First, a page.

When England played as amateurs and professionals

Raghu Bukkapatnam Roar Rookie

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    For a long time cricketers in England were categorised into amateurs and professionals, and the basis for the categorisation was a demarcation of social status.

    The amateurs belonged to the elite class which boasted of lords, lawyers and other eminent position holders of the society whereas the professional cricketers belonged to the working class. The amateurs were mostly based in North London while Nottinghamshire was the hub of professionals.

    Given the background, it isn’t a surprise that the amateurs were the law-making authority. They held all the key positions on and off the field. Only an amateur would captain the national team or administer the game in governance roles. Further, the amateurs had the luxury of just having to bat and field in convenient positions. They only ever bowled if they ‘wanted to’.

    The professionals were relegated to the more tedious aspects of the game. They had to bowl all day, field in difficult positions, coach and practice fielding and even umpire. The only batting they got to do was ‘if needed’. The next best chance was if the professional was an exceptionally good bat, he would follow after the weakest amateur in the batting order.

    The professional cricketer was supposed to address the amateur as ‘Sir’ or ‘Mister’. Rather appallingly the amateurs and professionals would never travel in the same class, share a change room, bedroom or even eat together. In fact they would enter the ground from two different gates!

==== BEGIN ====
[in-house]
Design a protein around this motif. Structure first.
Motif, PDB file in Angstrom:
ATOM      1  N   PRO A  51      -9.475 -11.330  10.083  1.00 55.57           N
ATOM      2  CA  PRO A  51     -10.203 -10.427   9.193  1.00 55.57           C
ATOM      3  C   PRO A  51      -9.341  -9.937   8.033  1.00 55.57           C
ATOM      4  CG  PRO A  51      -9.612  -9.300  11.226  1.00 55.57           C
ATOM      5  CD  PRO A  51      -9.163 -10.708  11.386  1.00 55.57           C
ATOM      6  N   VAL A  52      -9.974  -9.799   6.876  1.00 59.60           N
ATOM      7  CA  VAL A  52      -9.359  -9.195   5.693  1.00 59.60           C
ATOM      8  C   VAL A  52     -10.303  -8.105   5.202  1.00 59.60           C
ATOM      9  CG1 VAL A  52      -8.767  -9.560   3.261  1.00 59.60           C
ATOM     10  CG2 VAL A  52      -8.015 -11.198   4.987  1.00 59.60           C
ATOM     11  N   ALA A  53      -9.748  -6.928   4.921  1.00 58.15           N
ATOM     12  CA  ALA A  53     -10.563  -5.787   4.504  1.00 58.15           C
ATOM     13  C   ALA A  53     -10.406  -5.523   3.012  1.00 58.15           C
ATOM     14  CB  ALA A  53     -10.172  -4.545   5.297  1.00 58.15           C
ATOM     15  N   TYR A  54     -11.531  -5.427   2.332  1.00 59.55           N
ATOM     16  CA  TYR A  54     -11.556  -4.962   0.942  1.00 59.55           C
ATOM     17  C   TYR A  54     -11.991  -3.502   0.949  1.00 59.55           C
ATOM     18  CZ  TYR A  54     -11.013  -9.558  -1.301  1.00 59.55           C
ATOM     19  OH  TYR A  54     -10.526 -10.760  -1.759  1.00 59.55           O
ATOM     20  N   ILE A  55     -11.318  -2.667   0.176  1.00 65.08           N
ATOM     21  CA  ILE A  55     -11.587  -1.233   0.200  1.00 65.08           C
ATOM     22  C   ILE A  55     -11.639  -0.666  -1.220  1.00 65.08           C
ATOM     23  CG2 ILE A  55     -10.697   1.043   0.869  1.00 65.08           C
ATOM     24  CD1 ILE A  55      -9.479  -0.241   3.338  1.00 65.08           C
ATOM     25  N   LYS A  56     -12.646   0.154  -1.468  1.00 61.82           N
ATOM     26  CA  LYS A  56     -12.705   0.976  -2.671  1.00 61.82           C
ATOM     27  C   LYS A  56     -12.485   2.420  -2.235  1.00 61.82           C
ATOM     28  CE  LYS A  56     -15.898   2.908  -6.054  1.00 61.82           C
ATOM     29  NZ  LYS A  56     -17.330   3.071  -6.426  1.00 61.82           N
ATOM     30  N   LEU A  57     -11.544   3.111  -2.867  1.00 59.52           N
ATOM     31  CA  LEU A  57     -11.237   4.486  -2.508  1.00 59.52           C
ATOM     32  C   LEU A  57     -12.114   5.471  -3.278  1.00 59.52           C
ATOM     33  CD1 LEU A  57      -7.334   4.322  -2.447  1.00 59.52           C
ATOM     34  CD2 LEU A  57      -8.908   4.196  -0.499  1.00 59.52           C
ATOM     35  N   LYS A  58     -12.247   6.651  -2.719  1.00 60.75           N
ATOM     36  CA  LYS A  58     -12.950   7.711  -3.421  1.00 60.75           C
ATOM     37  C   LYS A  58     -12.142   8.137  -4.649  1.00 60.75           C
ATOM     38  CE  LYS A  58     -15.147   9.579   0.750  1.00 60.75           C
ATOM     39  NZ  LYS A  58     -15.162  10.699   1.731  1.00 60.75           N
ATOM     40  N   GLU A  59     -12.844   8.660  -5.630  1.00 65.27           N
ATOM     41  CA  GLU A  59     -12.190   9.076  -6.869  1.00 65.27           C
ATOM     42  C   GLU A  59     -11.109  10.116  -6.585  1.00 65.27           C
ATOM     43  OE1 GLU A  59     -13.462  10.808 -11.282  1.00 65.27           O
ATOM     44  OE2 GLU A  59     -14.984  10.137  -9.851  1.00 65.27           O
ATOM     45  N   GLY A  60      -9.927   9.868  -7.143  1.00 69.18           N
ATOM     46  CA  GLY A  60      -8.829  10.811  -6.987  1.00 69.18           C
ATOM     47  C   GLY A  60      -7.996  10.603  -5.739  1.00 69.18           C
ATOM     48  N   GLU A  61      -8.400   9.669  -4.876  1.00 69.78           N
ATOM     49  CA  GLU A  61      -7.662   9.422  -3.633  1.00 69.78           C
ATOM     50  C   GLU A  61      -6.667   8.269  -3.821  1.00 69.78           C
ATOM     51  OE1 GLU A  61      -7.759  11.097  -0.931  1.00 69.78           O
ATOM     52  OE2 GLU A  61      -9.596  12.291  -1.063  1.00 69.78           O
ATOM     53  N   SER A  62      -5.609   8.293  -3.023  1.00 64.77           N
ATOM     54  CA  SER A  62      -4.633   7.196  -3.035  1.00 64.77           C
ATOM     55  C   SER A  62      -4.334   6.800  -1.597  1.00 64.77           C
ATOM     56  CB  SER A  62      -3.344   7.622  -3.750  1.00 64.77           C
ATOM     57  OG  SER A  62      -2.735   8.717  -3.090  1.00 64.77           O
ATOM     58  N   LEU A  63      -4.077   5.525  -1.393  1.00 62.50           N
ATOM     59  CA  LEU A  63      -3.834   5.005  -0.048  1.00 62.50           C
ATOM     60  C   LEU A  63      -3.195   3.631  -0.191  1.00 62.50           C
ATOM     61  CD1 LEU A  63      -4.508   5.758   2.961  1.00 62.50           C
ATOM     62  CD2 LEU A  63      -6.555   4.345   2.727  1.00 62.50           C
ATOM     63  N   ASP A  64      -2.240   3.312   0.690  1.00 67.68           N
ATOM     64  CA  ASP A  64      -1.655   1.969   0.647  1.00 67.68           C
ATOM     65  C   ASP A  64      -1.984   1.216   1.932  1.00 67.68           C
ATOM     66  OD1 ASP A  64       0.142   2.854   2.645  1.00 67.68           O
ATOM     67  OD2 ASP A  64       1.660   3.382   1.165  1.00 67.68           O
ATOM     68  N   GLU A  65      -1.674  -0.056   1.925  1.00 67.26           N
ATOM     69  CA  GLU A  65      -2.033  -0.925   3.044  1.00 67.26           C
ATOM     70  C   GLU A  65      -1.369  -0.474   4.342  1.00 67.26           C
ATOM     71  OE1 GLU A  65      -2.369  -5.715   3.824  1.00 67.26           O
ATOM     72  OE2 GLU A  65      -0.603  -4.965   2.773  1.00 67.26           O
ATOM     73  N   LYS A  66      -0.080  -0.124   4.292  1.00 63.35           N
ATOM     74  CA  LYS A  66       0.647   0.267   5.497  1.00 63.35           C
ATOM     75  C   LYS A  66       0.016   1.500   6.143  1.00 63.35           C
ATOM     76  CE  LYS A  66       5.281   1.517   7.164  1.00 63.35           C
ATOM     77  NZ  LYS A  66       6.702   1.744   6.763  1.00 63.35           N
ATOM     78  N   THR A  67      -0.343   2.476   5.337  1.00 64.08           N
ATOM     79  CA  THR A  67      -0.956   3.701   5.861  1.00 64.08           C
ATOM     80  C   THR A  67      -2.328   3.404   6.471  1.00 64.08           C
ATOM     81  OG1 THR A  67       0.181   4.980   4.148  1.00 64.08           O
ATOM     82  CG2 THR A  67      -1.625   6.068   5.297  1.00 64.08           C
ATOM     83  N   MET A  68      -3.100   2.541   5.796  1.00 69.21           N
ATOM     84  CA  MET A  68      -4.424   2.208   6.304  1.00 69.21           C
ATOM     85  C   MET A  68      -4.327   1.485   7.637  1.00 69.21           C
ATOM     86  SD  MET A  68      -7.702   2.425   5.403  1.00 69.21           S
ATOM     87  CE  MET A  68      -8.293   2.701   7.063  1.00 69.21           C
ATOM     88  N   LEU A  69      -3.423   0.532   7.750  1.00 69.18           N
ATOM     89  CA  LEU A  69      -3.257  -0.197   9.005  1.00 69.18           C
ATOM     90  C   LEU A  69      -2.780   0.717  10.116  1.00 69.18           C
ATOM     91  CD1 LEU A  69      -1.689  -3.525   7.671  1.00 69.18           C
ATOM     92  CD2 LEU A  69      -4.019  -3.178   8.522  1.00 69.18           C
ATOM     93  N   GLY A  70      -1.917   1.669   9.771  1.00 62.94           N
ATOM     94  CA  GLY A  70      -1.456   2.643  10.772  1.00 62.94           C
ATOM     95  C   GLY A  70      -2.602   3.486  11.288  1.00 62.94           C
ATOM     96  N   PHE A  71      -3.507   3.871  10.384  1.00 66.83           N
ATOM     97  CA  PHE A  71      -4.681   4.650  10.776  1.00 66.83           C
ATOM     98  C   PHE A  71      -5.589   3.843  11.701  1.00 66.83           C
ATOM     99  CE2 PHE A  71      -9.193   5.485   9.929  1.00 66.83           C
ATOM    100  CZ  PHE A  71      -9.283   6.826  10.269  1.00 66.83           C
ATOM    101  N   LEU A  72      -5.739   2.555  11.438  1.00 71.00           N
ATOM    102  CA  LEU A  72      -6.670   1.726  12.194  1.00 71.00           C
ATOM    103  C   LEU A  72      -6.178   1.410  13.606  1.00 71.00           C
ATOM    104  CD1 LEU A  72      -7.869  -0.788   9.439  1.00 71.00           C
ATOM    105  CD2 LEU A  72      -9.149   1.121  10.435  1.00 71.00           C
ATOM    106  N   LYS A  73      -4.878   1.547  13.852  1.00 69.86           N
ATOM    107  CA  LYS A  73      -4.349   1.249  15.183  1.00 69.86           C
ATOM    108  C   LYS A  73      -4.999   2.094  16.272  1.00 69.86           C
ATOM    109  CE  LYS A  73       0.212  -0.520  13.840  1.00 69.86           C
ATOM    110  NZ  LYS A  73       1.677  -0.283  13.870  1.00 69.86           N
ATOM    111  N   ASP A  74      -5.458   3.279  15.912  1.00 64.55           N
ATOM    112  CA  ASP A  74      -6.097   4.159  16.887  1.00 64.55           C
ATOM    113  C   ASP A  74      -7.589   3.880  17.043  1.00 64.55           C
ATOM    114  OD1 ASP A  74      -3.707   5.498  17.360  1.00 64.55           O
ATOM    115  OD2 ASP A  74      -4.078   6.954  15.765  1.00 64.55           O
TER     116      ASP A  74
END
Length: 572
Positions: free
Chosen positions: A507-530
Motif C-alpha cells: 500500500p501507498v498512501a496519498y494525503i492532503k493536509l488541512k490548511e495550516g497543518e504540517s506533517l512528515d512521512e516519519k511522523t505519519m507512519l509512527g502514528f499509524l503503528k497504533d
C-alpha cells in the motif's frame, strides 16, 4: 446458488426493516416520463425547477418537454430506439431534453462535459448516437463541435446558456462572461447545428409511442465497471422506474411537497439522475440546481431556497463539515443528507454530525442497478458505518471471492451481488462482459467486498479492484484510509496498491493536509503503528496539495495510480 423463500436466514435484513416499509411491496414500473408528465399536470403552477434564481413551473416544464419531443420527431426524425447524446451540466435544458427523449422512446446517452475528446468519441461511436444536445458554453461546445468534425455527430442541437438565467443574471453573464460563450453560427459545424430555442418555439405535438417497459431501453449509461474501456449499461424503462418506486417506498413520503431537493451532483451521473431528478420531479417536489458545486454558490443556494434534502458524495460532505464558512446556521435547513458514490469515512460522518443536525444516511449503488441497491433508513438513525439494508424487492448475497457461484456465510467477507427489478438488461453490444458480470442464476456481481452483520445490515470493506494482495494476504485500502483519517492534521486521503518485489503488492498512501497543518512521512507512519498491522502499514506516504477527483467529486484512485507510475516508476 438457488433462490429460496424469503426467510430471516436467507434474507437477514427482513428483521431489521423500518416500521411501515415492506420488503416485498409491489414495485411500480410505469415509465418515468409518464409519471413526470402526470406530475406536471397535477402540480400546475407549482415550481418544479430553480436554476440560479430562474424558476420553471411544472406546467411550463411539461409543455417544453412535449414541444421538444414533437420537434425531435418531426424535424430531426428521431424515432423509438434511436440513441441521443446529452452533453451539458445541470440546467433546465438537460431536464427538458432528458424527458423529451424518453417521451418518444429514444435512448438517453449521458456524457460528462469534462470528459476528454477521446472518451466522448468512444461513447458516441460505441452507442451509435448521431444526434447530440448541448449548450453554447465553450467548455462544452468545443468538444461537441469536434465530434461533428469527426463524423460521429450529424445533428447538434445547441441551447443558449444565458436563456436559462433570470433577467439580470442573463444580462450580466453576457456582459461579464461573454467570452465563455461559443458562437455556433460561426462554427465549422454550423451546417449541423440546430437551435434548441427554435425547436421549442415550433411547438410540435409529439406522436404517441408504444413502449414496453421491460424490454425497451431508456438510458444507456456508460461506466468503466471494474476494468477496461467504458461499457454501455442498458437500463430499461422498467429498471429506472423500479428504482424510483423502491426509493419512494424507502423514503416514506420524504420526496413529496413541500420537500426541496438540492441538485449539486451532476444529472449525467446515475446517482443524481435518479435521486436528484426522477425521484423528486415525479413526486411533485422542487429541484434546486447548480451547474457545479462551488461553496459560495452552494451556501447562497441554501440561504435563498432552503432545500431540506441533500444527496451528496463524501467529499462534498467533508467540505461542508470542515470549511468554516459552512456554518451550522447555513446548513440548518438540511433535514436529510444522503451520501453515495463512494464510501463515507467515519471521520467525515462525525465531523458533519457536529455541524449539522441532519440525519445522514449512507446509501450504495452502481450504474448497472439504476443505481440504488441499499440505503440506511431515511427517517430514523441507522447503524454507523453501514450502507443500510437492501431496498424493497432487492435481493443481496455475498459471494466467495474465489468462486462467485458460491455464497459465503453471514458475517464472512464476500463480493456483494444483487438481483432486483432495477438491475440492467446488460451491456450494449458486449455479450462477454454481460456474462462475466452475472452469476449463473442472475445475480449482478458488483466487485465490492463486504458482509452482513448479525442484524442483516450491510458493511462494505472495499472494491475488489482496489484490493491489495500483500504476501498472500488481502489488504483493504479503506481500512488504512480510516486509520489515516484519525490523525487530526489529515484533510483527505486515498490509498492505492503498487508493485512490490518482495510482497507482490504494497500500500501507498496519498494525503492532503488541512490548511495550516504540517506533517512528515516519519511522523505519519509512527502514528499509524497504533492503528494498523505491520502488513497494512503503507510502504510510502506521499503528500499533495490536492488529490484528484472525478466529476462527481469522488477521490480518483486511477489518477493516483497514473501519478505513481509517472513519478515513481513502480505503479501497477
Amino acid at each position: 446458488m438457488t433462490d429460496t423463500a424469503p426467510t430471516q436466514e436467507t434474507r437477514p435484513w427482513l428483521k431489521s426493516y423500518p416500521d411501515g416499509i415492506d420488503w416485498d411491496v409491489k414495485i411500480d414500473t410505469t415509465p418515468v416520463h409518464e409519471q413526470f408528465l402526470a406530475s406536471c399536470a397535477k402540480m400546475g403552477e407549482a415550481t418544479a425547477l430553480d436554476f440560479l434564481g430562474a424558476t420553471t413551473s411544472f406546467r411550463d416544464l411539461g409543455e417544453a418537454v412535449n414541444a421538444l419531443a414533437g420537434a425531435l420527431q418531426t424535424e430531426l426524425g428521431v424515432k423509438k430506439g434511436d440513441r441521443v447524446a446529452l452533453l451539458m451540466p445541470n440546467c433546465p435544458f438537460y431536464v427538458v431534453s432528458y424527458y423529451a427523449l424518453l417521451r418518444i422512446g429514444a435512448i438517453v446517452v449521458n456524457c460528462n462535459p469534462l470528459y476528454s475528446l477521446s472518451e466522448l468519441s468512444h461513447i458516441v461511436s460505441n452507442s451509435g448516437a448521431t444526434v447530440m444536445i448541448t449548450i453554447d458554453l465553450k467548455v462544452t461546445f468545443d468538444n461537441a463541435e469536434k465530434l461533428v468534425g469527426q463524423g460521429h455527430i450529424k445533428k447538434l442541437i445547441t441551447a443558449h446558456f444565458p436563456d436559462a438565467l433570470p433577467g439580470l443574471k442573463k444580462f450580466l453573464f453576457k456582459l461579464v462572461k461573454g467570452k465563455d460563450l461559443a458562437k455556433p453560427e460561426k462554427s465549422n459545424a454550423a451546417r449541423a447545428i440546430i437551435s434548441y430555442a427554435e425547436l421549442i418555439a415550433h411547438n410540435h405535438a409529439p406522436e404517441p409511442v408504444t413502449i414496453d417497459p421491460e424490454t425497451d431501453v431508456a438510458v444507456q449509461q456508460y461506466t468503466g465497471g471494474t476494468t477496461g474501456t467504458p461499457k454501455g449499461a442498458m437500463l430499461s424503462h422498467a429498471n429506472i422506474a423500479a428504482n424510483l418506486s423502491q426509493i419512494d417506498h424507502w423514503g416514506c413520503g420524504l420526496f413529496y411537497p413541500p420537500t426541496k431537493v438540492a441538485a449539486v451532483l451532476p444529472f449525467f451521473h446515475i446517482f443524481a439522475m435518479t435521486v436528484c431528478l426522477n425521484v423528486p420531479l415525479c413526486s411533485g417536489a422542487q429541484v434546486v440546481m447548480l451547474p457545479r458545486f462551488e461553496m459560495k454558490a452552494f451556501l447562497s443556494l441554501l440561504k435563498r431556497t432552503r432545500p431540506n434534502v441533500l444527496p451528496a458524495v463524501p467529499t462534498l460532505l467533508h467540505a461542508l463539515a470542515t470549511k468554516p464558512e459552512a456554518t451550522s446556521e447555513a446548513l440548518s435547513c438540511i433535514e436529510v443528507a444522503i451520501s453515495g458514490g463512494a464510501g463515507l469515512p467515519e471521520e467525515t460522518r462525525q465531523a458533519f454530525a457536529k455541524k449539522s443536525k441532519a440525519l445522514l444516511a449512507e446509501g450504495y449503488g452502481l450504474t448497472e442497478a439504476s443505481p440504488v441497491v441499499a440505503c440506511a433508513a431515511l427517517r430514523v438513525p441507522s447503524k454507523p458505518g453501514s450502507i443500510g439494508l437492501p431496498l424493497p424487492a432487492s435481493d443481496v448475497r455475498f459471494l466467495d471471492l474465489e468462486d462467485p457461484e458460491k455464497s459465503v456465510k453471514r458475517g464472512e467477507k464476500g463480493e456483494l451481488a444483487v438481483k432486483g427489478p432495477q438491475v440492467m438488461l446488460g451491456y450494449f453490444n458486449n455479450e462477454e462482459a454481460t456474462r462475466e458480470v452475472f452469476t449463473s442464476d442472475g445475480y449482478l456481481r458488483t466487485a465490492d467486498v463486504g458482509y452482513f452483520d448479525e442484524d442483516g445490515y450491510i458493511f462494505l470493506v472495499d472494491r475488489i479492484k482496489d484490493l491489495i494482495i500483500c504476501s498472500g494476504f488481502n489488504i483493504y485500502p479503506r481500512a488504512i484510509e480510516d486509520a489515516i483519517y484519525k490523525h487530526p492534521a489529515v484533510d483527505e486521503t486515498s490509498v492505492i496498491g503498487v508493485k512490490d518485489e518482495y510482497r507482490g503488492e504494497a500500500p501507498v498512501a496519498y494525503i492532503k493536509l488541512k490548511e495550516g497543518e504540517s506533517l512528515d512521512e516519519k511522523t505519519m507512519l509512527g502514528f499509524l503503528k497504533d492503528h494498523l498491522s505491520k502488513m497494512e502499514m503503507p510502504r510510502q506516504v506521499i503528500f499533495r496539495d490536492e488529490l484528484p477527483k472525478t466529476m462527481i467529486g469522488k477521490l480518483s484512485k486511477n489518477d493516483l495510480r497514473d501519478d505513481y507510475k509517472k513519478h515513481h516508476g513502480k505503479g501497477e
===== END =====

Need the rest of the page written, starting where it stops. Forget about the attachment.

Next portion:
The worst part of the discrimination was remuneration. The payment for professionals was termed ‘wages’ while for the amateurs it was referred to as ‘expenses’. Being from the working class, the professional cricketers had to play to earn wages. For the amateurs, hailing from the cream of society, expenses earnt from cricket was never the primary source of living – and yet the amateurs got far more than the professionals, who were allotted set rates at a pittance.

    The class barrier was prominent through the bodyline series in 1932-33 as well. In fact England captain Douglas Jardine went a step further – every time he entered the field, instead of the MCC cap he wore a colourful harlequin cap. That harlequin cap, obtained from his University, was a symbol of his high standing in the society. However, Jardine’s act was intended more towards reminding the Australians of his stature than to undermine his own professional subordinates.

    It took the destruction of World War II to trigger the dismantling of the class wall. The social and financial devastation led to the authorities to give in to the fact that the only way of resurrecting cricket – and through it the coffers – was to perform with committed team spirit on the field. That couldn’t be as easy as it sounded, after all. The deliberations started in 1945 and the abolition of the amateur and professional classifications eventuated in 1962.

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